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Oral Cavity Isolation Techniques in Teeth-Whitening Procedures

Daniel Sanders, DDS

July 2022 Course - Expires Thursday, July 31st, 2025

Compendium of Continuing Education in Dentistry


Teeth-whitening treatments have been among the most widely popular esthetic procedures in dentistry for many years. However, side effects such as gingival irritation and tooth sensitivity are experienced by many patients who use these treatments, especially procedures that utilize higher concentrations of carbamide or hydrogen peroxide. This article examines the various treatment options available in today’s market, explores the science behind teeth whitening, and discusses the side effect mitigation possible with the oral cavity isolation techniques (both open mouth isolation and a newly developed closed mouth isolation method) used during in-office teeth-whitening treatments.

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Among the most commonly requested esthetic procedures in dentistry, teeth-whitening treatments have been immensely popular with patients worldwide for many years.1-3 A plethora of both at-home and in-
office procedures are available on the market today, yet the risk of side effects such as tooth sensitivity and gingival irritation remain problematic for many patients. Mitigation of side effects is therefore an important aspect of the management of teeth-whitening treatments to reduce the potential risks and optimize the results of these treatments.3


Human teeth have three main layers: enamel, dentin, and pulp. Human enamel is primarily composed of hydroxyapatite, and the basic unit of enamel is the enamel rod, which is made up of tightly packed, organized hydroxyapatite crystals. Underlying the enamel layer is the dentin, composed of 70% hydroxyapatite by weight, 20% organic material, and 10% water.

The enamel layer, which is no more than 2.5 mm in thickness, is thickest at the cusp or incisal edge and thinnest at the cemento-enamel junction.3 The enamel layer is acellular but contains proteins and is honeycombed with voids in what is known as the enamel matrix. These voids do not stay empty, and over time become filled with long-chained organic compounds, or chromogens, from the foods and liquids that are ingested. It is these chromogens that stain the teeth as they accumulate over time on the tooth.3 Also, as a person ages, the enamel layer wears down and thins out, causing the yellower dentin layer beneath the enamel to become more visible.3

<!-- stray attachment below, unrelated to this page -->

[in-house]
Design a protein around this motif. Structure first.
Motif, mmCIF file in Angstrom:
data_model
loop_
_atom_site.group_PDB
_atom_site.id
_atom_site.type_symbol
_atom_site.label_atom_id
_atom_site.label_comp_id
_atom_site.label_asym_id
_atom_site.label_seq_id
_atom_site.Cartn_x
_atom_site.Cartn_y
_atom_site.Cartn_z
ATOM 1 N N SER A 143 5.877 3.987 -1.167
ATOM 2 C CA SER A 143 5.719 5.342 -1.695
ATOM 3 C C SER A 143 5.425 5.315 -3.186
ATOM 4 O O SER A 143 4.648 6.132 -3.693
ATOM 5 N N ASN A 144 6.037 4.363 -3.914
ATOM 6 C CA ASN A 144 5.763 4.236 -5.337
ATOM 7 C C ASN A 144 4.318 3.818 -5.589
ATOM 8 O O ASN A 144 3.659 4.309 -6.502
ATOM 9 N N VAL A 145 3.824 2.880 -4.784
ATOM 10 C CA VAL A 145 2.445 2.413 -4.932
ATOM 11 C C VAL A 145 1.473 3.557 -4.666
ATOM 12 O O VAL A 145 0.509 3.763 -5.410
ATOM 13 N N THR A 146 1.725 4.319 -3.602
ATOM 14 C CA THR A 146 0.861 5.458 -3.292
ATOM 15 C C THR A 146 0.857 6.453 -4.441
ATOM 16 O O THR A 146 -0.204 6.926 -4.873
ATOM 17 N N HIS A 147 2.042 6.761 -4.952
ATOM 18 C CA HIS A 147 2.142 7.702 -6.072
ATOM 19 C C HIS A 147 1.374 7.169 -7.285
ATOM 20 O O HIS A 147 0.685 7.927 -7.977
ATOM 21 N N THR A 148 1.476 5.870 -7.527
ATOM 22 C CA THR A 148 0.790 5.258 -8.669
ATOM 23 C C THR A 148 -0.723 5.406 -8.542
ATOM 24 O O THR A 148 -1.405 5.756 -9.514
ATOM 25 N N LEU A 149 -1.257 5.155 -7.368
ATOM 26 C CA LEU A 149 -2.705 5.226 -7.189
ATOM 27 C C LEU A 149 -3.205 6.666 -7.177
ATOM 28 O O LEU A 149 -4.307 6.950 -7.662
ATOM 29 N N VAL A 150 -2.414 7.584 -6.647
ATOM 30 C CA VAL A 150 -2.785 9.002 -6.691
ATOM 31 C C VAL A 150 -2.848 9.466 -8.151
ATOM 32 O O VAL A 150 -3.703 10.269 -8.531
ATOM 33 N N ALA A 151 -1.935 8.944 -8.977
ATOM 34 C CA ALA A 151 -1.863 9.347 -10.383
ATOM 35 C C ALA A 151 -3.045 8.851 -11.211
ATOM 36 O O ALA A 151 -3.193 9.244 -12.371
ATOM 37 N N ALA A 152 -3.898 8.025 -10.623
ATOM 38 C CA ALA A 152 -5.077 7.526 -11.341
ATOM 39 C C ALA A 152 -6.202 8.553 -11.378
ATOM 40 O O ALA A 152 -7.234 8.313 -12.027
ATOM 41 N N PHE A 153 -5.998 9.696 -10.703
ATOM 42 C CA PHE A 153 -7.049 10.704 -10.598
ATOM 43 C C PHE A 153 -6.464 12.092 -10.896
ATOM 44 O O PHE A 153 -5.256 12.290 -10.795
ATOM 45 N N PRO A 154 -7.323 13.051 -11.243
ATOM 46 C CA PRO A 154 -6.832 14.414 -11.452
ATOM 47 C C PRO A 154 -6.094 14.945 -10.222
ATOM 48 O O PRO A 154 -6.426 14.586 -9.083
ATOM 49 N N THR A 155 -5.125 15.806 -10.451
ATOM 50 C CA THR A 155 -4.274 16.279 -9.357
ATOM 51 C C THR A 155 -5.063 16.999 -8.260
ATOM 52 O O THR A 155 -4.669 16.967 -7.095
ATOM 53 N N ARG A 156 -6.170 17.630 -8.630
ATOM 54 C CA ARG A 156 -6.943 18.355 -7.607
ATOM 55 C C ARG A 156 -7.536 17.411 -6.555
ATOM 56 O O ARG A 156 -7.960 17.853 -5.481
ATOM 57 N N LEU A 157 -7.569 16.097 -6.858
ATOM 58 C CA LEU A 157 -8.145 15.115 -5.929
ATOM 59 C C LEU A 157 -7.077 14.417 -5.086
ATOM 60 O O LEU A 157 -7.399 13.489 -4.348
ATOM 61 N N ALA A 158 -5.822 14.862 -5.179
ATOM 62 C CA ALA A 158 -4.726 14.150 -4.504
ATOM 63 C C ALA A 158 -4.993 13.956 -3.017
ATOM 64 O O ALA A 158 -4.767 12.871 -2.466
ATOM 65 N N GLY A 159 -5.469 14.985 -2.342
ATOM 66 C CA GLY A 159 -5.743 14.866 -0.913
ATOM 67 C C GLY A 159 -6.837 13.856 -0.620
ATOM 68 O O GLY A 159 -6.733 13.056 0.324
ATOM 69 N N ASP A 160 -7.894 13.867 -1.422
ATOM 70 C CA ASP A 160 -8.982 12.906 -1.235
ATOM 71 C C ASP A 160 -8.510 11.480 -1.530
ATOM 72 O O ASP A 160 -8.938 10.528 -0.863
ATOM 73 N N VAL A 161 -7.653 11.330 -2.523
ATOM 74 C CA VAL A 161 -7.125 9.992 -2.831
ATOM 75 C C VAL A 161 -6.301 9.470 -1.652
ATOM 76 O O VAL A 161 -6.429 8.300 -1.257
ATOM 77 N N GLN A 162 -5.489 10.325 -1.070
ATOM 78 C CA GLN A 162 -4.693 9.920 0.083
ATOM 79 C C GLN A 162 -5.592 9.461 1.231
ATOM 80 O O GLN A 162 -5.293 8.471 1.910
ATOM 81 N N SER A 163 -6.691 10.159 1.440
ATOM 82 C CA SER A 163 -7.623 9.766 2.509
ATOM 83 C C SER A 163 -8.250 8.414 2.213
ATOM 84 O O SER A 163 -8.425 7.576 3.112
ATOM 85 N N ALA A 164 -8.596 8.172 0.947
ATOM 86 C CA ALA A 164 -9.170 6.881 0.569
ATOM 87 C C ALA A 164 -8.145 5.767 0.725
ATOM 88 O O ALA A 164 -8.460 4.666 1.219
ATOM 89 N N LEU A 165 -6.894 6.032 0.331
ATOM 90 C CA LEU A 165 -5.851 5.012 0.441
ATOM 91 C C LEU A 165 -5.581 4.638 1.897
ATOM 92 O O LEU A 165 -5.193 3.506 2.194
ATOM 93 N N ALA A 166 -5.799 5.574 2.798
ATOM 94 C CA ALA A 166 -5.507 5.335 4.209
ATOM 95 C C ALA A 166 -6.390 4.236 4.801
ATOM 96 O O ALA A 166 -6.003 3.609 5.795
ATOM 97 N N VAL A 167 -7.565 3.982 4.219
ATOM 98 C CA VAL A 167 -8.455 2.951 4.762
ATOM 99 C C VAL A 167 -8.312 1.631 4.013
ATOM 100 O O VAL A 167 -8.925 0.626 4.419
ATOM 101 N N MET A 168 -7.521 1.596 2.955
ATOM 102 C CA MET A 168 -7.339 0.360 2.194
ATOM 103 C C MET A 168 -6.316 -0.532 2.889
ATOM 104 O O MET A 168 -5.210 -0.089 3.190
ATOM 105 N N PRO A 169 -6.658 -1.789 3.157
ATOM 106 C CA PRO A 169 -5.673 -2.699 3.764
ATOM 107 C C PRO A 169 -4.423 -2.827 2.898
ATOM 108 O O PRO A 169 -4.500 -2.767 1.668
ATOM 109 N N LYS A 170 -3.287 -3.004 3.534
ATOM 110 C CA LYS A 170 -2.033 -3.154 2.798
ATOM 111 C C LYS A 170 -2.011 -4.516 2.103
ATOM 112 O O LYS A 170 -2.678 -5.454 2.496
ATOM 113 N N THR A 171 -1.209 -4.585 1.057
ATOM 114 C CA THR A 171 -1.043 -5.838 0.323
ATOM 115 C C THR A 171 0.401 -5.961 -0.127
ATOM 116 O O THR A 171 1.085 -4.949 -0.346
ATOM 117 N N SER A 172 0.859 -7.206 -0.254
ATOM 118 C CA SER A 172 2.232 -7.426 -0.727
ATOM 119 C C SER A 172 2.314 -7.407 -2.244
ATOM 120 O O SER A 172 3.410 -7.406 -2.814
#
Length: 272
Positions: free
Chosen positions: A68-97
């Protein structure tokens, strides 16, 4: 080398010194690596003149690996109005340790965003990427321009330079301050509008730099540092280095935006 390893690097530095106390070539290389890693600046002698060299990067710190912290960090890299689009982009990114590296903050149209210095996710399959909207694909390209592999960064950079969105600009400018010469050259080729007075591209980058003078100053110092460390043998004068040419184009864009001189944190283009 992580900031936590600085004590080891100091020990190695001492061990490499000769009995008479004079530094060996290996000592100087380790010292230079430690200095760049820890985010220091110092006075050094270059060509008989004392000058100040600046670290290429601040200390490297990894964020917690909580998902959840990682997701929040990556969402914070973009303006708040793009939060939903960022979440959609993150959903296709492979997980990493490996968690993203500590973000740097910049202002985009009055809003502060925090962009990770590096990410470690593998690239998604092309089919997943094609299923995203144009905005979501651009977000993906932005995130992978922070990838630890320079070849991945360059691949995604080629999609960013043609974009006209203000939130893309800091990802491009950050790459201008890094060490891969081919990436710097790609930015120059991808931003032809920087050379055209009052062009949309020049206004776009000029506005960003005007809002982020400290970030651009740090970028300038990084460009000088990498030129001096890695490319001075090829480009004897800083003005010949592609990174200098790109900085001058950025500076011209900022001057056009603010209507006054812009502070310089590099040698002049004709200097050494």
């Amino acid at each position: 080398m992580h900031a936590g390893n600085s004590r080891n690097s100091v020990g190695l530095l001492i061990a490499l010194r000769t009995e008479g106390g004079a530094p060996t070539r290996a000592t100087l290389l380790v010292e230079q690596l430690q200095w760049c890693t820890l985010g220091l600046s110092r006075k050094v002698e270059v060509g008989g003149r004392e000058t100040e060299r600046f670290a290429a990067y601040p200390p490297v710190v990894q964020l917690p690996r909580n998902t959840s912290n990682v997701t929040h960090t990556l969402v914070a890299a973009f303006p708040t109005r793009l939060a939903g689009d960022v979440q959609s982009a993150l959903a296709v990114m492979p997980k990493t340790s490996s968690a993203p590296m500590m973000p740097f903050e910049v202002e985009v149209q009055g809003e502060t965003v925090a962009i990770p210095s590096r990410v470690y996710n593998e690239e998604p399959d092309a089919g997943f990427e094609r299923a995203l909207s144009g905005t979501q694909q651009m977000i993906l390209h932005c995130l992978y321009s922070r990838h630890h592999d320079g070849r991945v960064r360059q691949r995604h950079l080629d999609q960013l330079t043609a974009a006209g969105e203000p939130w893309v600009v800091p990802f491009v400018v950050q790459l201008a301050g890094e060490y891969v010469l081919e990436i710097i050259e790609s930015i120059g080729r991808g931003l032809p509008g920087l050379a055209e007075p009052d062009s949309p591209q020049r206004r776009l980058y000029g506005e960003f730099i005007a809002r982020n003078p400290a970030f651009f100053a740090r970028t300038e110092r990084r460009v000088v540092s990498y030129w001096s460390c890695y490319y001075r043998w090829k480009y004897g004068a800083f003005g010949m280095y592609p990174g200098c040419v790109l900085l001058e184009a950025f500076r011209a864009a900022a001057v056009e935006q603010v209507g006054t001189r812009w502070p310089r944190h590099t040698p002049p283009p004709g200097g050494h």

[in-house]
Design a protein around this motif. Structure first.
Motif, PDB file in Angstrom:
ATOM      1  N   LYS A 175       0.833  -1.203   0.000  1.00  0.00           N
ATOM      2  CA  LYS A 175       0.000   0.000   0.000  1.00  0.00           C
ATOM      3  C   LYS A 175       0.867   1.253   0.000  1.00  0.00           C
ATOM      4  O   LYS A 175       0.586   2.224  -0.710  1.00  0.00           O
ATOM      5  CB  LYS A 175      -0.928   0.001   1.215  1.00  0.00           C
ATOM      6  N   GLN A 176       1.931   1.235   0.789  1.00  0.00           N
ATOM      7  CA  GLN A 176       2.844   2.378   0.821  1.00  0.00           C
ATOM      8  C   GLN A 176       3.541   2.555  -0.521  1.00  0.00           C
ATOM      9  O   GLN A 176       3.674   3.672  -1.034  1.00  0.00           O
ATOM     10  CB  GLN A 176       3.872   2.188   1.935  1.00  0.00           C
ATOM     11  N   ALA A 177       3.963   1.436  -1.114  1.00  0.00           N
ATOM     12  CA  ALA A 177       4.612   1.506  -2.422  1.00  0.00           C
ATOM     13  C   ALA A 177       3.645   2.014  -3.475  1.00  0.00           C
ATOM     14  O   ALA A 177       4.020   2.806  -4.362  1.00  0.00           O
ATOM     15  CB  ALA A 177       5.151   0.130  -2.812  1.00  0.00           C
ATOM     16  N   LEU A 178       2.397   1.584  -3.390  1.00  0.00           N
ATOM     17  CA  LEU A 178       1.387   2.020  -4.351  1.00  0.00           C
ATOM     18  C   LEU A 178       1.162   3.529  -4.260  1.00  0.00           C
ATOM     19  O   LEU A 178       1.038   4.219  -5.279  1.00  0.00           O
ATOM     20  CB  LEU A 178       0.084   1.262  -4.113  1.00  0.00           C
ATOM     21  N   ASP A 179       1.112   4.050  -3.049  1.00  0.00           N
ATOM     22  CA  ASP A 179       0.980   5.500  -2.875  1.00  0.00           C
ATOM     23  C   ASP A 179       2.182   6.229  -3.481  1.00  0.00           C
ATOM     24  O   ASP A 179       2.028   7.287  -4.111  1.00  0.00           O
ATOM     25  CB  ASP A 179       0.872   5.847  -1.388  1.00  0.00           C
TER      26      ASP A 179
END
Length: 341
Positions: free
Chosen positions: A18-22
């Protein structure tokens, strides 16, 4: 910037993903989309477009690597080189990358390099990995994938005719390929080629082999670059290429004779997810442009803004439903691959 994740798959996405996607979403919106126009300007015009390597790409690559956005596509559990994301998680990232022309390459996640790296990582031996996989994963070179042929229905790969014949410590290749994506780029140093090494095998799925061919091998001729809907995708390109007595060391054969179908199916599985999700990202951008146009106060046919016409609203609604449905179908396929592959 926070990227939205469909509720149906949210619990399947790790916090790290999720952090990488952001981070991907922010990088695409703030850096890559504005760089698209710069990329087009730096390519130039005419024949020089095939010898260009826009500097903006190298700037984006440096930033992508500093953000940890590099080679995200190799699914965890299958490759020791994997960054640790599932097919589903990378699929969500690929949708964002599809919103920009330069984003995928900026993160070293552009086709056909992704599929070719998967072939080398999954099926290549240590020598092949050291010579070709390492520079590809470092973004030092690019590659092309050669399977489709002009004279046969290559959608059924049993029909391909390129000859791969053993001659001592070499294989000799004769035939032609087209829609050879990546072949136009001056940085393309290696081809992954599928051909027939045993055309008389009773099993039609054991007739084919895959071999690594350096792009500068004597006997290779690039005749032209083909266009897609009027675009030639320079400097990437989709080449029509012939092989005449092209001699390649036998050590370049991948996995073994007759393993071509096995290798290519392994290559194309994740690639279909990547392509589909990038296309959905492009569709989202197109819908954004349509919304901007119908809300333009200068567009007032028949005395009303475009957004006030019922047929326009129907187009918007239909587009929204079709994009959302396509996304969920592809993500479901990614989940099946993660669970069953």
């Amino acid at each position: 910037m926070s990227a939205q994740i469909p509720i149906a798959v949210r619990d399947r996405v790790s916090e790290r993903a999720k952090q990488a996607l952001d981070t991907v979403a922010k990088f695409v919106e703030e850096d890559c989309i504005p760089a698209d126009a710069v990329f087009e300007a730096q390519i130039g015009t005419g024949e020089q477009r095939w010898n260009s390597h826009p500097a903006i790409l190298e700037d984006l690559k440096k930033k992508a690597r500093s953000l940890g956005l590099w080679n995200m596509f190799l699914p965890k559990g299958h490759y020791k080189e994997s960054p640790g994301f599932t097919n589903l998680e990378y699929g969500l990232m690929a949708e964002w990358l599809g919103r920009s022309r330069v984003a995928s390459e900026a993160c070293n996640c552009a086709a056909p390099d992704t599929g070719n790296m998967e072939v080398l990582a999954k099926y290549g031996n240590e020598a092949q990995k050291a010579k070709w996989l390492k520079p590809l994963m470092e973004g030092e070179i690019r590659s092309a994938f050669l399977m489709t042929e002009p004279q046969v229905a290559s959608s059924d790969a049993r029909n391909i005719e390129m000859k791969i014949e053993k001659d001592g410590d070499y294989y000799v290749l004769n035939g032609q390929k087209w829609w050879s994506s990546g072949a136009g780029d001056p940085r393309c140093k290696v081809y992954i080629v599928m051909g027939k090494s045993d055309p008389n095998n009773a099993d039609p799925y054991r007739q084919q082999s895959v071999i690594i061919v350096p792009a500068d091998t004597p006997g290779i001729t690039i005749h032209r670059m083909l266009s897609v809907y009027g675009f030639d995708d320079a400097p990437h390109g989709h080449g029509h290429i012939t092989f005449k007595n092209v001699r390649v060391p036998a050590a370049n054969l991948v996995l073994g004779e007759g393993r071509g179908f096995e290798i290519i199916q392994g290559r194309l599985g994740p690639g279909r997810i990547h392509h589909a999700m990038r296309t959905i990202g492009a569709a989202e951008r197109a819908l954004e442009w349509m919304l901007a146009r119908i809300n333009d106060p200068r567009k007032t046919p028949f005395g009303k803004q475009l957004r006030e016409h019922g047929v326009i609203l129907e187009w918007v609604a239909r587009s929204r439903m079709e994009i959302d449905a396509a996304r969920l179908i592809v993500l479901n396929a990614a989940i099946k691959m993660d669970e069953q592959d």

Peroxide Activation: Increasing the Production of Free Radicals

Hydrogen and carbamide peroxides release oxygen free radicals that oxidize long-chain organic compounds3 (ie, the chromogens) found within the pores of the enamel's matrix. When the enamel is treated with these oxidizing agents during a teeth-whitening or bleaching procedure, the chromogen long-chain molecules responsible for the discoloration are broken by high-energy free radicals that are released by the chemical oxidation process.3

 In an electron-spin-resonance study, more hydroxyl radical
(*OH) was detected as the H2O2 concentration was increased. It is suggested that H2O2 and *OH do not influence the inorganic tissue of dentin but attack the organic component of dentin. These facts suggest that *OH has the primary role in tooth bleaching with H2O2.4

Heat activation of peroxide increases the formation of the hydroxyl (*OH) and perhydroxyl (HOO*) free radicals. Each temperature increase of 10ºC increases the chemical reactivity by 230%.5 As temperature is increased, the diffusion of hydrogen peroxide through enamel and dentin is also increased.6


Whitening effectiveness and safety is based on the following:

Gel concentration and type of whitening agent
(hydrogen versus carbamide peroxide)7

Exposure (dwell) time of the whitening agent on teeth8